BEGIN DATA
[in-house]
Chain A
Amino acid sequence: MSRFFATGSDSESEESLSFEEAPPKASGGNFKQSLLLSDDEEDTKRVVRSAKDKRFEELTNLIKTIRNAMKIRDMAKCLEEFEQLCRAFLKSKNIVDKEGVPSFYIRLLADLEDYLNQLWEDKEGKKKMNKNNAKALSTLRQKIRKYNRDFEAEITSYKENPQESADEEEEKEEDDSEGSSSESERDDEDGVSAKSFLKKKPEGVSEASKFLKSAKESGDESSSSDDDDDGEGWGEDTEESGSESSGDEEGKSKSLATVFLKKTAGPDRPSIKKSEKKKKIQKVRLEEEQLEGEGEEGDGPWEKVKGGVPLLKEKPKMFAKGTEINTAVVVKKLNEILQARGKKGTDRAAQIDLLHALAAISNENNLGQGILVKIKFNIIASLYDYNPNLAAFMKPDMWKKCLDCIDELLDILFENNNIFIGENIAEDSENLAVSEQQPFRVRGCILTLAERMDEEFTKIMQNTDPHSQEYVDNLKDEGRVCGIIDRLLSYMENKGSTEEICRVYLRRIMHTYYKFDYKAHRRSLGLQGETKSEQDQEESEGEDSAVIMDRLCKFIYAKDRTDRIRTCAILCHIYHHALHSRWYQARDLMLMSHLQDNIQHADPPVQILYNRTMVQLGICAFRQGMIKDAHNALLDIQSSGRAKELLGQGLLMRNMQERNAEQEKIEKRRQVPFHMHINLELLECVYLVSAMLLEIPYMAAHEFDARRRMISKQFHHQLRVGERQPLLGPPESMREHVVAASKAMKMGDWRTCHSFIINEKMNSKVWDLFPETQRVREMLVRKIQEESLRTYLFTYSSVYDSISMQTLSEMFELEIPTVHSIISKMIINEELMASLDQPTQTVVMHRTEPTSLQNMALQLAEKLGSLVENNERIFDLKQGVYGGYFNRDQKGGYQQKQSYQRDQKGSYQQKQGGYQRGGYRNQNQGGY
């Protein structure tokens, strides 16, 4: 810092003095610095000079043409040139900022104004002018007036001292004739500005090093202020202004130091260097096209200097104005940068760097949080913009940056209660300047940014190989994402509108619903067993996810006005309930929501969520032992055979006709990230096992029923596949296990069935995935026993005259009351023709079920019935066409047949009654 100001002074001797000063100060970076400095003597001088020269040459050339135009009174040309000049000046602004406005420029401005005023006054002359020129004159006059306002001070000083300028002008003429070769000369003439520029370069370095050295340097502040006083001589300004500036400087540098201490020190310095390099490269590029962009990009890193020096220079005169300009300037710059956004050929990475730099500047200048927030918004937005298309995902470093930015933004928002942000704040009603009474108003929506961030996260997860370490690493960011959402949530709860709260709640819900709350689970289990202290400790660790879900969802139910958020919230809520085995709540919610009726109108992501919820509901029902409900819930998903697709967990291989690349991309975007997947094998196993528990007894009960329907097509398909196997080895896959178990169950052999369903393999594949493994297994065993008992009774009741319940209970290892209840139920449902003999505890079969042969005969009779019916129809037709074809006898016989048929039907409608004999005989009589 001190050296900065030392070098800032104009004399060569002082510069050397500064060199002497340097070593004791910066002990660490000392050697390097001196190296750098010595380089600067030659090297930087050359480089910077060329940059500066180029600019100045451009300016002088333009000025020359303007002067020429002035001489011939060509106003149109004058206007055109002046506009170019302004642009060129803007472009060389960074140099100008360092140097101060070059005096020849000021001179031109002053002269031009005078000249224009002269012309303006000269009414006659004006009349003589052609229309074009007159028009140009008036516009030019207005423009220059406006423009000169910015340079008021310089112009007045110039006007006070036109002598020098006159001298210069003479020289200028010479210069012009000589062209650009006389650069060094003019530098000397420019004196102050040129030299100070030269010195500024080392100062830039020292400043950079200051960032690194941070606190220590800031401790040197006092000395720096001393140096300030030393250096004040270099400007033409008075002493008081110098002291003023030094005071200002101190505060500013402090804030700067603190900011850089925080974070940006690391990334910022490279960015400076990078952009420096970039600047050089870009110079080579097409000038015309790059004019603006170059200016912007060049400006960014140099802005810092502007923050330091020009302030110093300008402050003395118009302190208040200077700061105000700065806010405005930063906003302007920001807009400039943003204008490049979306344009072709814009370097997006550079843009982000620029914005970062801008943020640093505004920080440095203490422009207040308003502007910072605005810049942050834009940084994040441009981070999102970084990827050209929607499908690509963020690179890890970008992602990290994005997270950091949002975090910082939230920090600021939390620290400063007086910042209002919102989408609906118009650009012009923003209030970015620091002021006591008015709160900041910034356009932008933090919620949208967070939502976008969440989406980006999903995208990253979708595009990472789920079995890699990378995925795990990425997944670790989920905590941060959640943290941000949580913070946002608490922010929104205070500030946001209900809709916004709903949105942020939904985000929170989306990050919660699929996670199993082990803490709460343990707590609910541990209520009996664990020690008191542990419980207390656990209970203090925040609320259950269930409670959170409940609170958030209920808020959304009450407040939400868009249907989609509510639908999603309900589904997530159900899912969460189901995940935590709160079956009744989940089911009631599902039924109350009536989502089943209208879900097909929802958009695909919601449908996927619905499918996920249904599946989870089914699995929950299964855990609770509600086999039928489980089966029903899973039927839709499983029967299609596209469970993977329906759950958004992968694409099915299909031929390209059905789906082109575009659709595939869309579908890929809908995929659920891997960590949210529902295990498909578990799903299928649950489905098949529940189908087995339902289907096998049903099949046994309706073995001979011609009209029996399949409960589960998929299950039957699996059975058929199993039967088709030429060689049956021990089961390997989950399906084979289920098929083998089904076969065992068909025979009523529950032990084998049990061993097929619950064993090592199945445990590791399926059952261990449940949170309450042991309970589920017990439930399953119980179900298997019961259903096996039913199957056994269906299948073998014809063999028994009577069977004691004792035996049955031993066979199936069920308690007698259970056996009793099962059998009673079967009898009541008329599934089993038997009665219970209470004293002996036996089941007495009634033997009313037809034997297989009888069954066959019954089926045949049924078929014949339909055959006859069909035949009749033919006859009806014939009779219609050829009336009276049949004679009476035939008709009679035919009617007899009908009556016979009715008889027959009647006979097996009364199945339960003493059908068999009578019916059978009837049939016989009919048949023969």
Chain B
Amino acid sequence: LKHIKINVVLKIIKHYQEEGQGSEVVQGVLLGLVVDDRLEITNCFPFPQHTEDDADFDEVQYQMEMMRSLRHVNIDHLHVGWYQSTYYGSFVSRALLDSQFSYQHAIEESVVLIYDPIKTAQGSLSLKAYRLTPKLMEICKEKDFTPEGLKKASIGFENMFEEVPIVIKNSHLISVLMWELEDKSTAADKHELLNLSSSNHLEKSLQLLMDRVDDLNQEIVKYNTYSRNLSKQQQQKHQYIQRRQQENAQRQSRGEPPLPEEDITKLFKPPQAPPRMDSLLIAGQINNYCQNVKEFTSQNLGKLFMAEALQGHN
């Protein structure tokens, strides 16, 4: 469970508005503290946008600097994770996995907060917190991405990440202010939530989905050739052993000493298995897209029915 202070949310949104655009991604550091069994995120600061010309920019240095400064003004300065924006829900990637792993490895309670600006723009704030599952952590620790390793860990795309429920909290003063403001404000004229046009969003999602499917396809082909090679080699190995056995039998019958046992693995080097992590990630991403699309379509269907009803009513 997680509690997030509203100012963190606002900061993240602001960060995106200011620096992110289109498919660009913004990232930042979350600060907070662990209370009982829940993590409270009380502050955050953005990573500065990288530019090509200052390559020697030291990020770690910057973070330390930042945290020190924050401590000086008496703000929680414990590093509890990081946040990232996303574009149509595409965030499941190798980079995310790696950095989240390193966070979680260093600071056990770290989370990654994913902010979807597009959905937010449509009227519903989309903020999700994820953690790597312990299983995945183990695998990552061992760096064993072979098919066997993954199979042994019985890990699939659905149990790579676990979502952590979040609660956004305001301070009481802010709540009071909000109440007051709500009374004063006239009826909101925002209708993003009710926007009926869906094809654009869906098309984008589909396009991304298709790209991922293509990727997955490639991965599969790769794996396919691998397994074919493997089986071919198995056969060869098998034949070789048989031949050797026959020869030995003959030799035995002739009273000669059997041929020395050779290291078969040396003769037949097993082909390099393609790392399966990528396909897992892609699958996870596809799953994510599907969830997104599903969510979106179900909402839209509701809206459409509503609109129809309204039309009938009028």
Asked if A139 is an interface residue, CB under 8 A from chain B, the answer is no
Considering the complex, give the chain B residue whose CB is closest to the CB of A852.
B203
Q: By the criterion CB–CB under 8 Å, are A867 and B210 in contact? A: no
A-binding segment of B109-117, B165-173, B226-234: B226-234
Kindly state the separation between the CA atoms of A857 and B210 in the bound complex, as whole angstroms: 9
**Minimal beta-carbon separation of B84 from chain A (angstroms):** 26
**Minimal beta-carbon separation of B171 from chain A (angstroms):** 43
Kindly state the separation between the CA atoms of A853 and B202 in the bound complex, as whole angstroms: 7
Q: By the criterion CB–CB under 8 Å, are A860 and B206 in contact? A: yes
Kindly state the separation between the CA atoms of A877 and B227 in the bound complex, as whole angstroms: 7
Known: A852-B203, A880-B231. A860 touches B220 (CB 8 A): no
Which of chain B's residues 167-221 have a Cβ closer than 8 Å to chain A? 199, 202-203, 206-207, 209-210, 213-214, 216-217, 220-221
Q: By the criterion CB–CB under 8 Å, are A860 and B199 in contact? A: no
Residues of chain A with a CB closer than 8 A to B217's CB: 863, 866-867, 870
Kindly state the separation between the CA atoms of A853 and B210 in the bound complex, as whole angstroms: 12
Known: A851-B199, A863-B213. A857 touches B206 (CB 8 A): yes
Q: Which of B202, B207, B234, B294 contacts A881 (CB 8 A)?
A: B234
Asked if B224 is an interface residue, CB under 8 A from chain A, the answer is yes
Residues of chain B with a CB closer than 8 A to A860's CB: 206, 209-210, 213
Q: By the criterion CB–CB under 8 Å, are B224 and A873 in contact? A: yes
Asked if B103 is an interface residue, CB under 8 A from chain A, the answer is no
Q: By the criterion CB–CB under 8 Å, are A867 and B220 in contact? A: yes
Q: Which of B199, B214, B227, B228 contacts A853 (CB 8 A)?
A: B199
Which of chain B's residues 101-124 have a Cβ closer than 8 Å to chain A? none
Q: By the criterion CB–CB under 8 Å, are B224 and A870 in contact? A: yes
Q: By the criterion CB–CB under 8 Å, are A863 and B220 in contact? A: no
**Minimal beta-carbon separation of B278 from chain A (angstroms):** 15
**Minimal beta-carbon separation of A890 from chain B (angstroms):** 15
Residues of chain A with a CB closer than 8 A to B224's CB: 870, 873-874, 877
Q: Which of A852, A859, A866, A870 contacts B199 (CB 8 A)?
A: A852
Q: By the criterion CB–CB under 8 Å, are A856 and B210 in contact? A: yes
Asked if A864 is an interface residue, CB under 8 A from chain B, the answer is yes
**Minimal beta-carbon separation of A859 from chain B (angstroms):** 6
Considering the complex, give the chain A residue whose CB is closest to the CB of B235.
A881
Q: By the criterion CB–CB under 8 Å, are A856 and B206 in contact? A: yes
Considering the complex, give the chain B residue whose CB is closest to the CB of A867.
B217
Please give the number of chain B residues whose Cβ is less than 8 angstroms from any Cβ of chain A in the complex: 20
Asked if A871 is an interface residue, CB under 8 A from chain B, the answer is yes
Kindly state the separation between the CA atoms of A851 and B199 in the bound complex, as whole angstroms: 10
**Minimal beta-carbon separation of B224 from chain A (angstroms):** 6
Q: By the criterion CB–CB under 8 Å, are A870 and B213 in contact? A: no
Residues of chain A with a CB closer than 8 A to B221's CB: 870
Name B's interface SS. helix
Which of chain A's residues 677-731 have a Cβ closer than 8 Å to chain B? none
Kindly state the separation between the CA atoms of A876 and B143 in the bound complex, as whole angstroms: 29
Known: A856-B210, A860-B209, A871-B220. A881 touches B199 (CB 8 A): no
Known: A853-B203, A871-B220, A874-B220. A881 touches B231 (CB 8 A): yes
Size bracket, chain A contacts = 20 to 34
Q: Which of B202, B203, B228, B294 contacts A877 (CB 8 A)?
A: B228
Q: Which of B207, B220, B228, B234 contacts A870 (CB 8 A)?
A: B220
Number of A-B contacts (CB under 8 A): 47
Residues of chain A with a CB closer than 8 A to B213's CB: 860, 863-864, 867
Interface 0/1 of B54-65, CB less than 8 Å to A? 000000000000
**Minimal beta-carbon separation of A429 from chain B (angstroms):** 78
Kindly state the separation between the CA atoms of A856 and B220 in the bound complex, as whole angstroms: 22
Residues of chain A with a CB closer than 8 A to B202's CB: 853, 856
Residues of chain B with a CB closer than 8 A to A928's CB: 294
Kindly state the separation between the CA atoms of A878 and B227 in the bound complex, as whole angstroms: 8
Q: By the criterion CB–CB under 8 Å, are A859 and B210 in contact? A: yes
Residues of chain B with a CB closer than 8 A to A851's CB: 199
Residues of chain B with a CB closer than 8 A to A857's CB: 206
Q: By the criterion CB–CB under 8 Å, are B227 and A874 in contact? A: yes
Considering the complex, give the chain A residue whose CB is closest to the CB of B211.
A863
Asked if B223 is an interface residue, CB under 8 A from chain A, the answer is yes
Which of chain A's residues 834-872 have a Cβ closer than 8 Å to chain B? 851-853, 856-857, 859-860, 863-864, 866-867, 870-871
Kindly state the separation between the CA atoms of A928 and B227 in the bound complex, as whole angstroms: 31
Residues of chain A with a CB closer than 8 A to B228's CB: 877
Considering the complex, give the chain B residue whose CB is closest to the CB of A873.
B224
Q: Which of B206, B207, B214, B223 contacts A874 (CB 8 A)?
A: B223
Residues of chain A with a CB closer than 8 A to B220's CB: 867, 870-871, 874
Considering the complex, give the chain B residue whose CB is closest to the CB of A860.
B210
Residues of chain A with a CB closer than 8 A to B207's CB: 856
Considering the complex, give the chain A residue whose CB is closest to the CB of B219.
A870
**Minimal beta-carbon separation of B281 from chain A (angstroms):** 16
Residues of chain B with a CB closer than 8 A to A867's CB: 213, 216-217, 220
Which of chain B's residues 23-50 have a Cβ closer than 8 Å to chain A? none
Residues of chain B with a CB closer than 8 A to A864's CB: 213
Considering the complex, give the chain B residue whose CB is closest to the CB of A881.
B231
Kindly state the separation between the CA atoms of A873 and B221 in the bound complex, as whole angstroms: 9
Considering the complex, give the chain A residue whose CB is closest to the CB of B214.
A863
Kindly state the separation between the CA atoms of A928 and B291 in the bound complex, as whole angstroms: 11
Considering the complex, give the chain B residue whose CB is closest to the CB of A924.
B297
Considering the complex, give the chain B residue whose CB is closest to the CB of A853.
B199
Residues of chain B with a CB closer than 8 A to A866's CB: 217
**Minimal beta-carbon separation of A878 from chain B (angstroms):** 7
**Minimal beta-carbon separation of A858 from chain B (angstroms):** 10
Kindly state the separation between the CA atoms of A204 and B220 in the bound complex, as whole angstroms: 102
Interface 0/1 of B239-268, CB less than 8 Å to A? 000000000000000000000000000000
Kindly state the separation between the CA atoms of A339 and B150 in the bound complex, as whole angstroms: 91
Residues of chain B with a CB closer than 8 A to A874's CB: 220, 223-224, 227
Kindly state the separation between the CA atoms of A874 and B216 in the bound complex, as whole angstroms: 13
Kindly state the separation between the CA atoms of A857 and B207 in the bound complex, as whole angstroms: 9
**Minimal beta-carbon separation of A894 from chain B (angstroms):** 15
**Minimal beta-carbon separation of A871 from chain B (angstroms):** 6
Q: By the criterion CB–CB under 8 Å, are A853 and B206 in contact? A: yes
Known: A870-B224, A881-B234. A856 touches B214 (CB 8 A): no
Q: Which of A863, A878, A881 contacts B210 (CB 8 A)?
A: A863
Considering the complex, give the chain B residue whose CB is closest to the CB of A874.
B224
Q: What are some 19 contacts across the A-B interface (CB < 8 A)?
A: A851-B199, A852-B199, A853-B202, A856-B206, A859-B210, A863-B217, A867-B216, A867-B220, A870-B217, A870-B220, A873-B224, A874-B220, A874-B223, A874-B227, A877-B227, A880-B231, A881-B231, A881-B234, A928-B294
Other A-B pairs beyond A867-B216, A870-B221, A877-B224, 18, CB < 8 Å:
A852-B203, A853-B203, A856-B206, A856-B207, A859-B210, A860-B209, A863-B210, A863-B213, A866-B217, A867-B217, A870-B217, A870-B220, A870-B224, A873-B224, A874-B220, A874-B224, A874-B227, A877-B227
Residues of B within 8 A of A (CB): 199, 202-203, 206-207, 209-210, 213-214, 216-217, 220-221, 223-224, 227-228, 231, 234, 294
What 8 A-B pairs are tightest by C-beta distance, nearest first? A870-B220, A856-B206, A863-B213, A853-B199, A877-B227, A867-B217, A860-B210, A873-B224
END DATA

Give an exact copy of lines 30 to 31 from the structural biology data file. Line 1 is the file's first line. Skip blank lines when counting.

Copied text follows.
Asked if B103 is an interface residue, CB under 8 A from chain A, the answer is no
Q: By the criterion CB–CB under 8 Å, are A867 and B220 in contact? A: yes